A devoted family man and music lover, he worked in government service and higher education and was a community activist

Monday, August 28, 2017

UNH alumnus Peter Julian Horne ’58, ’67G

The great love of Peter Horne’s life was his wife Holly (Patterson) ’60, whom he met at UNH. On the day he died, Nov. 7, 2016, he wrote her a final love note, a fitting tribute to their 52 years of marriage.

At UNH Peter joined the Air Force ROTC and after graduation served as a lieutenant in the Air Force, seeing six years of active duty. An officer in the Strategic Air Command, his service included an assignment at Thule Air Force Base in Greenland.

After leaving the military, Peter began a career in government and higher education. The Hornes lived in Rye while Peter worked as a consultant to the New England Center at UNH and studied for a doctorate in education at Boston University. Peter and Holly later moved to Freeport, Maine, with their two children, Christian ’91 and Eric. Peter became a Cooperative Extension agent with the University of Maine and earned his doctorate in 1980. Four years later he became director of UNH Cooperative Extension and dean of the university’s College of Life Sciences and Agriculture, where he served until his 1999 retirement.

Music was an important part of Peter’s life. In a tribute they prepared at the time of his death, Peter’s sons noted that their father “believed in the power of music to bring people together, to help them celebrate, to help them mourn, to help them pray.” Music helped Peter keep a positive attitude no matter what curves life threw at him, including being shipwrecked off the coast of Nicaragua in 1964 and, since 1975, battling the cancer that ultimately took his life.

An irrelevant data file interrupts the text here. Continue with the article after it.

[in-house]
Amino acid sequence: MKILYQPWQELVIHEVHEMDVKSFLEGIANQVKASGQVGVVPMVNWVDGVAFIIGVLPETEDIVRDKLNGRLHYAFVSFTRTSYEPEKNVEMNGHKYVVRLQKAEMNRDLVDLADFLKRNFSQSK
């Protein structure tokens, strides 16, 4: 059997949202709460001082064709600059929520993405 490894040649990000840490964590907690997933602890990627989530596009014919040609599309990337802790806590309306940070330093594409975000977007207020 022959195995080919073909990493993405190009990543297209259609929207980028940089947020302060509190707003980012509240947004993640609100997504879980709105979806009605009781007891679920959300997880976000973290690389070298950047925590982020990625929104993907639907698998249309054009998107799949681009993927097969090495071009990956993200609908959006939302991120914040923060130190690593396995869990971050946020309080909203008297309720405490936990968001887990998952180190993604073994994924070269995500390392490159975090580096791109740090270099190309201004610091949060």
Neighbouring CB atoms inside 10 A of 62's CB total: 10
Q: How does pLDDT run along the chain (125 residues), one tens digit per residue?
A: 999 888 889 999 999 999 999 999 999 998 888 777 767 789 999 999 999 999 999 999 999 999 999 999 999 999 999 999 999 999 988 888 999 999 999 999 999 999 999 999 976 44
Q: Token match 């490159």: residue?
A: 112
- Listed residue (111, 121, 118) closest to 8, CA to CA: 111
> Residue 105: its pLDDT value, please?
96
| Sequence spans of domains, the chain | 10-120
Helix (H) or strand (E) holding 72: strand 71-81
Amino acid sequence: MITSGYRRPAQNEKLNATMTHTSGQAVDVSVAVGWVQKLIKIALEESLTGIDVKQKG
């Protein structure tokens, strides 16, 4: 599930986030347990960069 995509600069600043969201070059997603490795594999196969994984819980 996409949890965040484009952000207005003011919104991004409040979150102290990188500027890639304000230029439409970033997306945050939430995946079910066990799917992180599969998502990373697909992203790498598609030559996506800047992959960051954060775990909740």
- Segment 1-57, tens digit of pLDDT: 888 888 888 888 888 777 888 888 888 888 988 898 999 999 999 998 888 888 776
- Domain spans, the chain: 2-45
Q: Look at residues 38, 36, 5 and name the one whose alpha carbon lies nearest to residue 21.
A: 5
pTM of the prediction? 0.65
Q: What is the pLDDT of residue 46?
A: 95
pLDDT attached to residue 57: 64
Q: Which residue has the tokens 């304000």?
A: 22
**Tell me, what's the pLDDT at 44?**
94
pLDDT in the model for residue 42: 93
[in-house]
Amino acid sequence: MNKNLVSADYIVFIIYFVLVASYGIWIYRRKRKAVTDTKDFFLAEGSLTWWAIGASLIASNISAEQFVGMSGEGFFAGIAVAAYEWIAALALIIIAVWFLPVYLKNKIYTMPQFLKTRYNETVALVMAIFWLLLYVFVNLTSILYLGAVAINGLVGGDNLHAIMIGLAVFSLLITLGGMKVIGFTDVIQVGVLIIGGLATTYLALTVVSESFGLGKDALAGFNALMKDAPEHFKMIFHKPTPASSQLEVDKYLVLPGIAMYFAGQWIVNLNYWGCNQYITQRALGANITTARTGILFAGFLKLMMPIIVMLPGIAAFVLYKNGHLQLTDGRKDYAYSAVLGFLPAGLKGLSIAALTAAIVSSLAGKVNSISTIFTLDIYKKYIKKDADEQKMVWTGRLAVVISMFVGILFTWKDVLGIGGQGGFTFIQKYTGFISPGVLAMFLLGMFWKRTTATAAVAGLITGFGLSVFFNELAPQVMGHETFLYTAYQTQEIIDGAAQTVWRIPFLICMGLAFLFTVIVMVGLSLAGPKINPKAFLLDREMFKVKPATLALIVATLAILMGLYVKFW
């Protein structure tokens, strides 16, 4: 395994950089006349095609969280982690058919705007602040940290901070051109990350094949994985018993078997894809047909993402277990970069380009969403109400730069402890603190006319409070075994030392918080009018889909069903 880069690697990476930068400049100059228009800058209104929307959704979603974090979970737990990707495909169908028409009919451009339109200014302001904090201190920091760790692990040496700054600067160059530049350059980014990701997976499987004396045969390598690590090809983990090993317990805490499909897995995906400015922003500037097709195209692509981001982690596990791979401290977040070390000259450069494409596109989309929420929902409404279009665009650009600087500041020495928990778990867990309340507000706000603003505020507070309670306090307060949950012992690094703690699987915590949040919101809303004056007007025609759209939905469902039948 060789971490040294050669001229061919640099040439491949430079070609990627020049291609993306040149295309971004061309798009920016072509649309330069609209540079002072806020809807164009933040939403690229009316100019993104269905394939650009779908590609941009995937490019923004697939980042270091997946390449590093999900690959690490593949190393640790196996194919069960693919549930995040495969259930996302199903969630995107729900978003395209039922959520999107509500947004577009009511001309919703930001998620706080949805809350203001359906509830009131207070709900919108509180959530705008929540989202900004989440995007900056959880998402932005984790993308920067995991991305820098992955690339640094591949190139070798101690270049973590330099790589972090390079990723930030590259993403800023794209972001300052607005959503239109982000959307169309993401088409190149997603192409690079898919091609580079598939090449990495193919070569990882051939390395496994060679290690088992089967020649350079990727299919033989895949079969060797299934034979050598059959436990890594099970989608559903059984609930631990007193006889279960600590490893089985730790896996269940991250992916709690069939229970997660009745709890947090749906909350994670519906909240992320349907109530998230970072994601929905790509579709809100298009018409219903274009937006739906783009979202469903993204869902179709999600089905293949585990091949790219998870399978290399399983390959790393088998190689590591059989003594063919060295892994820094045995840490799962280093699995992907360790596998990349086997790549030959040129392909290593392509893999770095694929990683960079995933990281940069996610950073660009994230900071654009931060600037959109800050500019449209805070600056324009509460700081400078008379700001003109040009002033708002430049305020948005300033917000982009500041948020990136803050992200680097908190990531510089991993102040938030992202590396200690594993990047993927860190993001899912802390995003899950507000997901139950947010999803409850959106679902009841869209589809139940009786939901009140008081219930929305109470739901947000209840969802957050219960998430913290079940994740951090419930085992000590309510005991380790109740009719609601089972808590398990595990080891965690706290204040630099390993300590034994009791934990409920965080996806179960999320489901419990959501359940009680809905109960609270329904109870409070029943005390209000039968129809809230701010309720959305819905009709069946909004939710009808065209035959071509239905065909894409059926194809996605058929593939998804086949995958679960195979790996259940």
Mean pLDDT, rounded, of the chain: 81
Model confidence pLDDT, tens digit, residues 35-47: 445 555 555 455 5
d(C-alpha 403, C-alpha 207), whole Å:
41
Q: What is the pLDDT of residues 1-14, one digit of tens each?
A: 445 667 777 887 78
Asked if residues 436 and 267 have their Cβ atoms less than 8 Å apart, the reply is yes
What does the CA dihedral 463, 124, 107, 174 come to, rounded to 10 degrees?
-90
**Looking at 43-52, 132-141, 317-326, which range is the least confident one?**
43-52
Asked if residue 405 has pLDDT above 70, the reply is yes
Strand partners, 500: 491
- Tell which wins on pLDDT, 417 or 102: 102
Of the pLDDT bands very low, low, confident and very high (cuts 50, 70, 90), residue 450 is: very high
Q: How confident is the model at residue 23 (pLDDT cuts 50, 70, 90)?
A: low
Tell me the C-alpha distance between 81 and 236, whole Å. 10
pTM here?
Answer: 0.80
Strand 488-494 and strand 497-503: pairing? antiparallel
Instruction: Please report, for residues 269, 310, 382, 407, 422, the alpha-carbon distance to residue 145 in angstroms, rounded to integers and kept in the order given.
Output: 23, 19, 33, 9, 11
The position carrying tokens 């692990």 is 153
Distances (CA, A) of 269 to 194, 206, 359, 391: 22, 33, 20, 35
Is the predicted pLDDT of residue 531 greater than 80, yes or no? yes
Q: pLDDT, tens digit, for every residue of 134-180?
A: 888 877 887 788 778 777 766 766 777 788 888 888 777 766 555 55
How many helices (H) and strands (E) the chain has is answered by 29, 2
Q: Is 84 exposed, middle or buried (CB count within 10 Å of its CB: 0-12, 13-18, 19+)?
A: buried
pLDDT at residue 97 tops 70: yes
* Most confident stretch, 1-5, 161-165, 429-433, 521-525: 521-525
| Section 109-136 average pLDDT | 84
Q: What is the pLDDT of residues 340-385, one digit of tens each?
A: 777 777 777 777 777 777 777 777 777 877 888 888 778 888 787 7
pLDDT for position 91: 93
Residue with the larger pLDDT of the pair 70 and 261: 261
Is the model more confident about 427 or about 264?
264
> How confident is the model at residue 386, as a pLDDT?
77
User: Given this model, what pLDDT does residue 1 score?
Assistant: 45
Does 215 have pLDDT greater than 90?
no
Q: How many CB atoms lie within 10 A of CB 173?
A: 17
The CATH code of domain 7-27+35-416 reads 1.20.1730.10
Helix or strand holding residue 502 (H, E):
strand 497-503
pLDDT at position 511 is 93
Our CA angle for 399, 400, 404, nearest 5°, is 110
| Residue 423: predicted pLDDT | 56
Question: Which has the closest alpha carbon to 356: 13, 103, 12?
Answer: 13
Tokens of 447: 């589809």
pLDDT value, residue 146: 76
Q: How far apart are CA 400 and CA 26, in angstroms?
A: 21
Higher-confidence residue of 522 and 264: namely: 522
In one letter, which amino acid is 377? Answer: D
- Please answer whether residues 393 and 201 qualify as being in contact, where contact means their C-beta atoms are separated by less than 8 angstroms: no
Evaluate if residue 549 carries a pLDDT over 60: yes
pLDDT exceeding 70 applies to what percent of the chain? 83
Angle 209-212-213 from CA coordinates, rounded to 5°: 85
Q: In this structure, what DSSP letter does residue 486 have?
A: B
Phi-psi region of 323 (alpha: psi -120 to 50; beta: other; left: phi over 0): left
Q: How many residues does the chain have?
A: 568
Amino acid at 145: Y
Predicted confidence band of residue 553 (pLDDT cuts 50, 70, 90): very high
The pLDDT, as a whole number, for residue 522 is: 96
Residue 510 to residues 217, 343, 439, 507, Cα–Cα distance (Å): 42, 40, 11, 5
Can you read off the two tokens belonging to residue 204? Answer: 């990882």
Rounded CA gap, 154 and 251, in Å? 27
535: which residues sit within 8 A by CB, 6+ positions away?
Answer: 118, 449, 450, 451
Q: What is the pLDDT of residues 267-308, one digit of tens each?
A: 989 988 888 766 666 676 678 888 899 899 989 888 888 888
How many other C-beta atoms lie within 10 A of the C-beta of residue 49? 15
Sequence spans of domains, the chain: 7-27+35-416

“He was a wonderful person inside and out. When he died, we lost a good one.”

Peter felt a great sense of responsibility to the communities in which he lived. In Rye, his love of the ocean and sailing spurred him to help form, and later chair, Concerned Citizens of Rye (CCR), a group that helped thwart Olympic Oil’s attempt to establish an oil refinery on the New Hampshire seacoast in the 1970s. In Freeport, he served on the boards of the Thomas Means Club, a social and charitable group that grants scholarships and donations to local students and organizations; Wolfe’s Neck Farm, a 625-acre saltwater farm that shares its tradition of sustainable agriculture with the public; and the Harraseeket Yacht Club.

Near the end of his life, Peter collaborated with author Lisa Moll ’17G on her book Rye’s Battle of the Century—Saving the New Hampshire Seacoast from Olympic Oil. Moll recalls that when she  started researching the book, everyone told her she needed to talk with Peter Horne, and  “he could not have been more gracious.” The duo quickly discovered that they shared an interest in ensuring that current and future generations understood and remembered the dramatic changes that could have happened to the New Hampshire seacoast if a group of concerned citizens had not stepped up to take on Greek billionaire Aristotle Onassis and his oil company.

Peter had been the perfect person to chair CCR, says Moll, thanks to his ability to break down complex ideas so that anyone could understand them. And, she says, “he was the definition of tenacious.” If she mentioned something he could help her with, his answer was always, “I’m on it,” and he’d send a flood of emails encouraging other former CCR members to share their memories with her.

“He was a wonderful person inside and out,” says Moll. “When he died, we lost a good one.”


Originally published in UNH Magazine Fall 2017 Issue